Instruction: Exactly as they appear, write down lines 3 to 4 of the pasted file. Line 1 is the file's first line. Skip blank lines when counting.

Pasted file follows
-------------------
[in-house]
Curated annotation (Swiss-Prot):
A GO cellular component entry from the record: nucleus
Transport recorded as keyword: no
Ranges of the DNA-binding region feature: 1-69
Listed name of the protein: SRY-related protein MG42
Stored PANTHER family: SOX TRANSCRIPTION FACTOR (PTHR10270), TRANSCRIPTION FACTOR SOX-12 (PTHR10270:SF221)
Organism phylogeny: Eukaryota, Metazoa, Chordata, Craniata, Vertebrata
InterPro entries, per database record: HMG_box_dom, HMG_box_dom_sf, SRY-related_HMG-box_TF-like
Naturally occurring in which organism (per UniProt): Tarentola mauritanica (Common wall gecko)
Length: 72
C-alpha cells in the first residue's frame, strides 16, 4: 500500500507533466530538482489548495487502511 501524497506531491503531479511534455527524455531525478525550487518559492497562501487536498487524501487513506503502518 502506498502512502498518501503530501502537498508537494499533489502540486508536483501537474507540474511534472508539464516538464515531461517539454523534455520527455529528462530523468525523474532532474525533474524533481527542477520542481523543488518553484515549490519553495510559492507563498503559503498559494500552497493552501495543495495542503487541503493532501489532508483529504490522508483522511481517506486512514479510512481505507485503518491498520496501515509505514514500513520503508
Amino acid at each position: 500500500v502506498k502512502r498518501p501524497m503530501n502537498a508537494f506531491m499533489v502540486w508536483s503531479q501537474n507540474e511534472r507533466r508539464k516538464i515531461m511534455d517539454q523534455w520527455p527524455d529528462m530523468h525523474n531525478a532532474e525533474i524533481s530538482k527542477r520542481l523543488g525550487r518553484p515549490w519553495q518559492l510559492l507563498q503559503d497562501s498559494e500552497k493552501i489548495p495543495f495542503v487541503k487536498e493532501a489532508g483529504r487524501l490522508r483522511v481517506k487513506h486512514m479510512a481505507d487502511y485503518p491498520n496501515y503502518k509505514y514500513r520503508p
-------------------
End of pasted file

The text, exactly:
A GO cellular component entry from the record: nucleus
Transport recorded as keyword: no